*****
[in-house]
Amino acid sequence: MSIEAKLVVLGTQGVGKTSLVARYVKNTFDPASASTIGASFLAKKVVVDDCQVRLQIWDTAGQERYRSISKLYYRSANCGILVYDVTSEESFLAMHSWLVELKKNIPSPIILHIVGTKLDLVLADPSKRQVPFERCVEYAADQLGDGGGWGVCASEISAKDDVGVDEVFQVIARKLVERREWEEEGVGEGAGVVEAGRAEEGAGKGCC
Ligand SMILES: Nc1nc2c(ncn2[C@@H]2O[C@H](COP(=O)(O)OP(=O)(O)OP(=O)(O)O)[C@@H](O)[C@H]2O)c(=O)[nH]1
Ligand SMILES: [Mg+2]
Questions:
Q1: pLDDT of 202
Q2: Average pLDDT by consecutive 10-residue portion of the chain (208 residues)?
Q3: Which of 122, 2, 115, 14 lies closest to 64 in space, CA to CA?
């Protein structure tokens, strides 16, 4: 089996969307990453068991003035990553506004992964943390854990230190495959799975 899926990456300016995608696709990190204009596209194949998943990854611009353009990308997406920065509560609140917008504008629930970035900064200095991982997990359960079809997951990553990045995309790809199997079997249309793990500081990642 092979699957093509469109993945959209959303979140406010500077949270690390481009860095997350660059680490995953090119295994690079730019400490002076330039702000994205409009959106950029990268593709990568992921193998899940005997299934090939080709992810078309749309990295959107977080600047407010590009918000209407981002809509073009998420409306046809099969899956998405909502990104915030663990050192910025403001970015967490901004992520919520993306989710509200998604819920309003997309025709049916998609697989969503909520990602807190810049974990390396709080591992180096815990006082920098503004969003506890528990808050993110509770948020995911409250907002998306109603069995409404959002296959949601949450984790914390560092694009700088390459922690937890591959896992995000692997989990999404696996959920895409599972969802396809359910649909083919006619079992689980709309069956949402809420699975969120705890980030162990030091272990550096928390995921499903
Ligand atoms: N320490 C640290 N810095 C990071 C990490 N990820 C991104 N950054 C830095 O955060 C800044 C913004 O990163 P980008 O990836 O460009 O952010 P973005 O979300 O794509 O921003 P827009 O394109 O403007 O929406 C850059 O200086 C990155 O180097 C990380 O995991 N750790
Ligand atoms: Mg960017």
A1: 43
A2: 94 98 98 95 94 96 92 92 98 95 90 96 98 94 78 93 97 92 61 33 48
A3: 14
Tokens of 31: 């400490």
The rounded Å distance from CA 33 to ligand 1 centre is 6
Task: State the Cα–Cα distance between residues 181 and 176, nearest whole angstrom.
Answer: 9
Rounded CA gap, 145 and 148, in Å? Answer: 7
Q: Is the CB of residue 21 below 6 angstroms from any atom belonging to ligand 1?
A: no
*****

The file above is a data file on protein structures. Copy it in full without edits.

[in-house]
Amino acid sequence: MSIEAKLVVLGTQGVGKTSLVARYVKNTFDPASASTIGASFLAKKVVVDDCQVRLQIWDTAGQERYRSISKLYYRSANCGILVYDVTSEESFLAMHSWLVELKKNIPSPIILHIVGTKLDLVLADPSKRQVPFERCVEYAADQLGDGGGWGVCASEISAKDDVGVDEVFQVIARKLVERREWEEEGVGEGAGVVEAGRAEEGAGKGCC
Ligand SMILES: Nc1nc2c(ncn2[C@@H]2O[C@H](COP(=O)(O)OP(=O)(O)OP(=O)(O)O)[C@@H](O)[C@H]2O)c(=O)[nH]1
Ligand SMILES: [Mg+2]
Questions:
Q1: pLDDT of 202
Q2: Average pLDDT by consecutive 10-residue portion of the chain (208 residues)?
Q3: Which of 122, 2, 115, 14 lies closest to 64 in space, CA to CA?
């Protein structure tokens, strides 16, 4: 089996969307990453068991003035990553506004992964943390854990230190495959799975 899926990456300016995608696709990190204009596209194949998943990854611009353009990308997406920065509560609140917008504008629930970035900064200095991982997990359960079809997951990553990045995309790809199997079997249309793990500081990642 092979699957093509469109993945959209959303979140406010500077949270690390481009860095997350660059680490995953090119295994690079730019400490002076330039702000994205409009959106950029990268593709990568992921193998899940005997299934090939080709992810078309749309990295959107977080600047407010590009918000209407981002809509073009998420409306046809099969899956998405909502990104915030663990050192910025403001970015967490901004992520919520993306989710509200998604819920309003997309025709049916998609697989969503909520990602807190810049974990390396709080591992180096815990006082920098503004969003506890528990808050993110509770948020995911409250907002998306109603069995409404959002296959949601949450984790914390560092694009700088390459922690937890591959896992995000692997989990999404696996959920895409599972969802396809359910649909083919006619079992689980709309069956949402809420699975969120705890980030162990030091272990550096928390995921499903
Ligand atoms: N320490 C640290 N810095 C990071 C990490 N990820 C991104 N950054 C830095 O955060 C800044 C913004 O990163 P980008 O990836 O460009 O952010 P973005 O979300 O794509 O921003 P827009 O394109 O403007 O929406 C850059 O200086 C990155 O180097 C990380 O995991 N750790
Ligand atoms: Mg960017």
A1: 43
A2: 94 98 98 95 94 96 92 92 98 95 90 96 98 94 78 93 97 92 61 33 48
A3: 14
Tokens of 31: 């400490």
The rounded Å distance from CA 33 to ligand 1 centre is 6
Task: State the Cα–Cα distance between residues 181 and 176, nearest whole angstrom.
Answer: 9
Rounded CA gap, 145 and 148, in Å? Answer: 7
Q: Is the CB of residue 21 below 6 angstroms from any atom belonging to ligand 1?
A: no